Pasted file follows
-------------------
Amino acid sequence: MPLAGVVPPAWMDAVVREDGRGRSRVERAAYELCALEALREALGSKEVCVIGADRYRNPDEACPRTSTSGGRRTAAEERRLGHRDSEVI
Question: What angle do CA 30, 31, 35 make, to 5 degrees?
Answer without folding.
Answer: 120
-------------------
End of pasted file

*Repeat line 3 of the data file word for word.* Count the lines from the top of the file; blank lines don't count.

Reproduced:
Answer without folding.